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Eugene Robinson


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Eugene Robinson
Eugene Robinson

EUGENE ROBINSON uses his twice-weekly column in The Washington Post to pick American society apart and then put it back together again in unexpected,...


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Stories by Eugene Robinson

Arts and Culture

Perils of a Prodigy

Money and celebrity make it possible for the rich and famous to succumb to their worst instincts. The blood-sucking parasites who surrounded Michael Jackson all his life made that surrender not just possible but inevitable.

Posted on Jun 27, 2009 READ MORE


The Lone Wolves Among Us

The white supremacist who allegedly took a rifle into the U.S. Holocaust Memorial Museum and killed a security guard is more than a bitter, demented old man. He is a known figure in the domestic hate industry and a reminder that words have consequences.

Posted on Jun 11, 2009 READ MORE


Being Obama Matters

I used to fear that the president was overestimating the power of his personal history as an instrument of foreign policy. Now I wonder if he might have been underestimating.

Posted on Jun 8, 2009 READ MORE



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Clean Coal or Dry Hole?

Obama should be applauded for taking climate change seriously, but one of his administration’s centerpiece initiatives may be digging a very expensive dry hole—literally.

Posted on Jun 4, 2009 READ MORE


A Lemon of a Bailout

With GM’s bankruptcy filing on Monday, we the people have become majority owners of a museum-quality piece of industrial history.

Posted on Jun 1, 2009 READ MORE


Hung Up on Race

President Obama’s nominee for the Supreme Court is a proud and accomplished Latina. This fact apparently drives some prominent Republicans to a state resembling incoherent, sputtering rage.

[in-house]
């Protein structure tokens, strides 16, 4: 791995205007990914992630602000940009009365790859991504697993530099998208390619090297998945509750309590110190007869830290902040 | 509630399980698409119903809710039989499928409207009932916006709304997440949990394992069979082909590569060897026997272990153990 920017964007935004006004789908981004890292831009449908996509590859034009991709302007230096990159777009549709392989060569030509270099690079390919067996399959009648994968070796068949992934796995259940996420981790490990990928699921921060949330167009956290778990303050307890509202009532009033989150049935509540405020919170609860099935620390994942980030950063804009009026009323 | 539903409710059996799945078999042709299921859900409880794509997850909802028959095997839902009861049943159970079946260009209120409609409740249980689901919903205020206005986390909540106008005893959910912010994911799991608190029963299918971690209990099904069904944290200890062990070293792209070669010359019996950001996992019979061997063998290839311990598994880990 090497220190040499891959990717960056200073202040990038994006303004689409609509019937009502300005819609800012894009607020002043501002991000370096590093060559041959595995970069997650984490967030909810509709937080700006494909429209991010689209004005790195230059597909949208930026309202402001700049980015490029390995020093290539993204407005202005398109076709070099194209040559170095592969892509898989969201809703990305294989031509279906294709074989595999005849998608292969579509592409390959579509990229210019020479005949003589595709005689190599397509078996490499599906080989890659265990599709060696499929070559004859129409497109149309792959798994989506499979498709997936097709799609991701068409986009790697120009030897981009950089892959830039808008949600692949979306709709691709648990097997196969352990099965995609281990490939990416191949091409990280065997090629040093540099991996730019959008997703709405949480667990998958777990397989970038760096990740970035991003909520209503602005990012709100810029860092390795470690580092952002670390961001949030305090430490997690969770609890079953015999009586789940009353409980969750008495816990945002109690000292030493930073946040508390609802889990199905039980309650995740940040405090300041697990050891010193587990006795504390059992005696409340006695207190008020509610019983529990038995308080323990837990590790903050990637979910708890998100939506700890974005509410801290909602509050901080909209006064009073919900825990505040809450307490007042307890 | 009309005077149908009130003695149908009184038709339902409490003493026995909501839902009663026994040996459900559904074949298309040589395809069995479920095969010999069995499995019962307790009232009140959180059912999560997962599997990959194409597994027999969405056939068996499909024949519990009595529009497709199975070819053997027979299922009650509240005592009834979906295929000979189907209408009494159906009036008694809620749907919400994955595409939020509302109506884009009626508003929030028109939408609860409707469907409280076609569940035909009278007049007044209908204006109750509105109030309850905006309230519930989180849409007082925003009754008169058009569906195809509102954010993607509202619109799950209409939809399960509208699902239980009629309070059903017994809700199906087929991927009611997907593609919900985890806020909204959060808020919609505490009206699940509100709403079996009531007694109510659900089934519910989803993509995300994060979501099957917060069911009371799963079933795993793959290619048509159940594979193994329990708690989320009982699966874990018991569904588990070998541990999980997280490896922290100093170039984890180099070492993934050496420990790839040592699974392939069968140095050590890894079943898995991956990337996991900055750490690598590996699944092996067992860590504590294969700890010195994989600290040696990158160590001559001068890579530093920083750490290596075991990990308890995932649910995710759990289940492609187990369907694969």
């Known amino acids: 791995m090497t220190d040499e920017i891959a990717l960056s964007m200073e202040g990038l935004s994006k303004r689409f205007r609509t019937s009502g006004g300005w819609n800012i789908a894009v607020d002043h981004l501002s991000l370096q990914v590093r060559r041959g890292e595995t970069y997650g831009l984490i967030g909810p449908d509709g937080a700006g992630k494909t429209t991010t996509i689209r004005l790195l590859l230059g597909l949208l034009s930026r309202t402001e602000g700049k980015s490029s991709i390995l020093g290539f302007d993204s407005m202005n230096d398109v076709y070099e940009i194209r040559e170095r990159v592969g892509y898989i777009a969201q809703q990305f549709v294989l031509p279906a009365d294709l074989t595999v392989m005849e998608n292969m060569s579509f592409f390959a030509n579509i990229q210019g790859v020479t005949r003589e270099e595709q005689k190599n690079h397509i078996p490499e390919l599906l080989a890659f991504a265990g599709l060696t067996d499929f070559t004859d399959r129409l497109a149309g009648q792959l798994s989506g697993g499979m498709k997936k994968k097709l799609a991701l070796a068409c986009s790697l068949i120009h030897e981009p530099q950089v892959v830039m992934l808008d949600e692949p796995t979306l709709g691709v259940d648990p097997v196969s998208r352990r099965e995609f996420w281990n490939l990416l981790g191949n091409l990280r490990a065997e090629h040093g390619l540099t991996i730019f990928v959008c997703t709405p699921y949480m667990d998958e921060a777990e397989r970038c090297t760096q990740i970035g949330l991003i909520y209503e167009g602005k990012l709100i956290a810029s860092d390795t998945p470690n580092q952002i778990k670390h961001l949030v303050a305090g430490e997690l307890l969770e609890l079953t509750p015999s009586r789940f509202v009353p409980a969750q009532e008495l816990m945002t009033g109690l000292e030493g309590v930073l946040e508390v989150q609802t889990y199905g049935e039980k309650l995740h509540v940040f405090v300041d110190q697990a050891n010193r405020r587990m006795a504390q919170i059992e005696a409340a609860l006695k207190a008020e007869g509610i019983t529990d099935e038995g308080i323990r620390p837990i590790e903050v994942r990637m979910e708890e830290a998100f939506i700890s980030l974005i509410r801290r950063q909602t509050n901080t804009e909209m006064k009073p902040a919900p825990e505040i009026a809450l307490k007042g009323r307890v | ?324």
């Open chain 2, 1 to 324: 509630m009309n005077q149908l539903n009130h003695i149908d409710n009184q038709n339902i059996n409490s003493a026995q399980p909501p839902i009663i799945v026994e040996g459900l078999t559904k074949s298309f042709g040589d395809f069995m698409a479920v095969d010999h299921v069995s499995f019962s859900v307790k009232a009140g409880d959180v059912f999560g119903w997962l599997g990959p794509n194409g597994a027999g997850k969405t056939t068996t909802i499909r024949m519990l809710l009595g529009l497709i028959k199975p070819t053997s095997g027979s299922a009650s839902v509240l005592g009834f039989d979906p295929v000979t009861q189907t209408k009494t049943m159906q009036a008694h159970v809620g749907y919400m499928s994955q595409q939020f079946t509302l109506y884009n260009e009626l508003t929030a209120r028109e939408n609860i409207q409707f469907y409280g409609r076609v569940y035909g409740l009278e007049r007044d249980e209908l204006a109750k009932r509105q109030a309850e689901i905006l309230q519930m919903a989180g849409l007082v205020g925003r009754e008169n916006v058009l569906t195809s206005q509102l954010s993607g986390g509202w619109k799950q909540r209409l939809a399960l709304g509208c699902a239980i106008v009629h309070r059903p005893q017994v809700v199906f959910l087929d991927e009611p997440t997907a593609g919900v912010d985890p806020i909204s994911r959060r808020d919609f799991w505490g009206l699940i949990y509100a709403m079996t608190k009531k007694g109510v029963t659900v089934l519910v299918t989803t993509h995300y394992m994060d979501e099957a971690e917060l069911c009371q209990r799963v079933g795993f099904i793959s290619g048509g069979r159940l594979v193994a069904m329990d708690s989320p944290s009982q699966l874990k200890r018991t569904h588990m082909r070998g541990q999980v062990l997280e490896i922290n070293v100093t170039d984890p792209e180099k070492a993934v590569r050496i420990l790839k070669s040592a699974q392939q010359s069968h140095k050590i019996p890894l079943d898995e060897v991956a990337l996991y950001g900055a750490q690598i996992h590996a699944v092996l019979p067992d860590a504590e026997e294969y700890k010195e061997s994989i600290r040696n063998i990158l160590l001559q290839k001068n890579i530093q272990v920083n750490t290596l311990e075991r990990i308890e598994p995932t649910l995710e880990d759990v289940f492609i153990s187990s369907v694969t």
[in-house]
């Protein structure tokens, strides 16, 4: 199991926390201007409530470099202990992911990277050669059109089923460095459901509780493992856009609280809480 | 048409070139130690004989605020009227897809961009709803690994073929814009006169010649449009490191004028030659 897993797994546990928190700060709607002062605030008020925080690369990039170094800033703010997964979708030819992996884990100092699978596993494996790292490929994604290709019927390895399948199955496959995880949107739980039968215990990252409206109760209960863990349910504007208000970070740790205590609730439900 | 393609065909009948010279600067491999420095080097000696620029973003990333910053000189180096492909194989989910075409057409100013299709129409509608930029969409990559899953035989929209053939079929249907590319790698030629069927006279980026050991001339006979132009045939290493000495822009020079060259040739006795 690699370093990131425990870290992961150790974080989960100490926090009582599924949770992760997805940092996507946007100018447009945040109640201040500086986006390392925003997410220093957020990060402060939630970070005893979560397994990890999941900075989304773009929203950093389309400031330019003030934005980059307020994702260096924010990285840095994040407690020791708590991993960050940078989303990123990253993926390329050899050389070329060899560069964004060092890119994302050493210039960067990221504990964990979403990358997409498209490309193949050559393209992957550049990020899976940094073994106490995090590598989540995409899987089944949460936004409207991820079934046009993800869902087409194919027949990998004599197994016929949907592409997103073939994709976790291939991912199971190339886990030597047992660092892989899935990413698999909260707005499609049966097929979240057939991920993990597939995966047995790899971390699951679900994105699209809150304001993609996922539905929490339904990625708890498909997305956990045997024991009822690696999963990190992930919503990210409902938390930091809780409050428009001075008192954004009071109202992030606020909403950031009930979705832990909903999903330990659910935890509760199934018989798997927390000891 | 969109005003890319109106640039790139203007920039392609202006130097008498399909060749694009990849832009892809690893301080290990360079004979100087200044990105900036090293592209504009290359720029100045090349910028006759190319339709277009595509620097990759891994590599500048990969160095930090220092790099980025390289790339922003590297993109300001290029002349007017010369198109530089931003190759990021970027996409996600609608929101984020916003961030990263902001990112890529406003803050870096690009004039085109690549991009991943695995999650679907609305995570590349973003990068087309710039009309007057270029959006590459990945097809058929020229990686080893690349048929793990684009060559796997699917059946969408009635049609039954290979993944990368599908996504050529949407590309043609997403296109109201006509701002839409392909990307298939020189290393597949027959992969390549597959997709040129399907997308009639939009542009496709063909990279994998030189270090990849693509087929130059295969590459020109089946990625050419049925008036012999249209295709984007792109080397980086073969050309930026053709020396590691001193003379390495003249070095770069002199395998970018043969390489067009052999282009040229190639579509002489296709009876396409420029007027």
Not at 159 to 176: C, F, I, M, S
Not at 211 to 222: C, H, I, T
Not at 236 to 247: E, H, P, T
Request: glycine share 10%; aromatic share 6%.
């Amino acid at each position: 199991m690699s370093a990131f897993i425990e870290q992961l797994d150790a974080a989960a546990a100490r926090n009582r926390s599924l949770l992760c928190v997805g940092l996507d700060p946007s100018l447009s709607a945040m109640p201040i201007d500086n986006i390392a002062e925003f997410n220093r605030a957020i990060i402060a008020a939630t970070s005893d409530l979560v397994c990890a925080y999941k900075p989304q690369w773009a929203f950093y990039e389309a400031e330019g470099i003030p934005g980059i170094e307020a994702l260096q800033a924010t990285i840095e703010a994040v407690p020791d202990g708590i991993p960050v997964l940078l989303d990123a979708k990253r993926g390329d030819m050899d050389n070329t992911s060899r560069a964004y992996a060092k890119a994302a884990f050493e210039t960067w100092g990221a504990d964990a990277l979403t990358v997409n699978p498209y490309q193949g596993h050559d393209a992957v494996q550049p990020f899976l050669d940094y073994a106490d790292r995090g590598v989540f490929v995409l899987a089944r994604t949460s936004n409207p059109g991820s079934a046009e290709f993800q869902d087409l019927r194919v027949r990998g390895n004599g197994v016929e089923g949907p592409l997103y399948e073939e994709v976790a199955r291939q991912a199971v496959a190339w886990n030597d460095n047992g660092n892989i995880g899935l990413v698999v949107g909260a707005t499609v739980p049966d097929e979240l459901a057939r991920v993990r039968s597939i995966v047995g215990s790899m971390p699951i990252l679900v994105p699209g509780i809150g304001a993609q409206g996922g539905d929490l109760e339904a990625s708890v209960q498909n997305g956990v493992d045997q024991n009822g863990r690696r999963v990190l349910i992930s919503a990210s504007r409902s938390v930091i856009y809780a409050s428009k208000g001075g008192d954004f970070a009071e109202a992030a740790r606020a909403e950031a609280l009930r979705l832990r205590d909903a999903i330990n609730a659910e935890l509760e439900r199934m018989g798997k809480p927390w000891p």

Posted on May 28, 2009 READ MORE


Fresh Air Versus a Bunker

Which reality do you inhabit, Obama World or Cheney World? If it’s the latter, remember that storm clouds are always gathering. Don’t forget your umbrella.

Posted on May 26, 2009 READ MORE

View older articles: « First  <  83 84 85 86 87 >  Last »


Eugene Robinson
Eugene Robinson

EUGENE ROBINSON uses his twice-weekly column in The Washington Post to pick American society apart and then put it back together again in unexpected, and revelatory, new ways. To do this job of demolition and reassembly, Robinson relies on a large and varied tool kit: energy, curiosity, elegant writing, and the wide-ranging experience of a life that took him from childhood in the segregated South—on what they called the “colored” side of the tracks—to the heights of American journalism.

In a career at The Washington Post spanning from the early 80’s, Robinson has been city hall reporter, city editor, foreign correspondent in Buenos Aires and London, foreign editor, and assistant managing editor in charge of the paper’s award-winning Style section. He has written books about race in Brazil and music in Cuba, covered a heavyweight championship fight, witnessed riots in Philadelphia and a murder trial in the deepest Amazon, sat with presidents and dictators and the Queen of England, thrusted and parried with hair-proud politicians from sea to shining sea, handicapped all three editions of “American Idol,” acquired fluent Spanish and passable Portuguese, and even reached an uneasy truce with the noxious hip-hop lyrics that fester in his teenage son’s innocent-looking iPod.

Eugene Robinson won the 2009 Pulitzer Prize for Commentary. Judges complimented Robinson’s “eloquent columns on the 2008 presidential campaign that focus on the election of the first African-American president, showcasing graceful writing and grasp of the larger historic picture.

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